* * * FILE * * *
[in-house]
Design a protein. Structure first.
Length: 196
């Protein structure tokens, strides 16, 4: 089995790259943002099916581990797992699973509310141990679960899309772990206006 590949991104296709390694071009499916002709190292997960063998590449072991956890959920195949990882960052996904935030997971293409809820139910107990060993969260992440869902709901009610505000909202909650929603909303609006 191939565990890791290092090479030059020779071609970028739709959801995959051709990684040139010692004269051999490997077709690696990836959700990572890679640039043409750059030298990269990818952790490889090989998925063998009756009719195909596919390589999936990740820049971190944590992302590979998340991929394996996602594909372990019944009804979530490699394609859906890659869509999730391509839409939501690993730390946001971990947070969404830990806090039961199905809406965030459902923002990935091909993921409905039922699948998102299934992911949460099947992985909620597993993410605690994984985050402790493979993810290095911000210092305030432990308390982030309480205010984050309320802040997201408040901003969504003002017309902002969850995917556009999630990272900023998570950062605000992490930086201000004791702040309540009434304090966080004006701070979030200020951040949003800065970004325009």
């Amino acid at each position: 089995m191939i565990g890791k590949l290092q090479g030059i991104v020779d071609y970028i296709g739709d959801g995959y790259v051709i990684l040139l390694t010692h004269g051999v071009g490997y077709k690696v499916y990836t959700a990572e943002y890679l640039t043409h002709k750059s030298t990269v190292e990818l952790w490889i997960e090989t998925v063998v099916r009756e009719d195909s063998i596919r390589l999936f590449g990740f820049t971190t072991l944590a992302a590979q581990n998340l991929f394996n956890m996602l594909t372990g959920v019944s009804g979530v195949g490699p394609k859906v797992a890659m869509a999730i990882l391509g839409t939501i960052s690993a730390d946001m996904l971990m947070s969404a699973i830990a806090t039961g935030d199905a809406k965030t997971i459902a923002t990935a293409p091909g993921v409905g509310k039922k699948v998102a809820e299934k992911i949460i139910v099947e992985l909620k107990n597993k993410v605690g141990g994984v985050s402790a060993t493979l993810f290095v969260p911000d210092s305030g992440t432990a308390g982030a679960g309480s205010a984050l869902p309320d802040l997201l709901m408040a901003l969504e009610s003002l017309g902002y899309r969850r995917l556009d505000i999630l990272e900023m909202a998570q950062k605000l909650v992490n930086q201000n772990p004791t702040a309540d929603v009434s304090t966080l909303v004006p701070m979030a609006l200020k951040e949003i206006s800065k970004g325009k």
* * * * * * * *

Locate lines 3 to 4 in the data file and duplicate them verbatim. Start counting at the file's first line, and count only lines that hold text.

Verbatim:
Length: 196
């Protein structure tokens, strides 16, 4: 089995790259943002099916581990797992699973509310141990679960899309772990206006 590949991104296709390694071009499916002709190292997960063998590449072991956890959920195949990882960052996904935030997971293409809820139910107990060993969260992440869902709901009610505000909202909650929603909303609006 191939565990890791290092090479030059020779071609970028739709959801995959051709990684040139010692004269051999490997077709690696990836959700990572890679640039043409750059030298990269990818952790490889090989998925063998009756009719195909596919390589999936990740820049971190944590992302590979998340991929394996996602594909372990019944009804979530490699394609859906890659869509999730391509839409939501690993730390946001971990947070969404830990806090039961199905809406965030459902923002990935091909993921409905039922699948998102299934992911949460099947992985909620597993993410605690994984985050402790493979993810290095911000210092305030432990308390982030309480205010984050309320802040997201408040901003969504003002017309902002969850995917556009999630990272900023998570950062605000992490930086201000004791702040309540009434304090966080004006701070979030200020951040949003800065970004325009």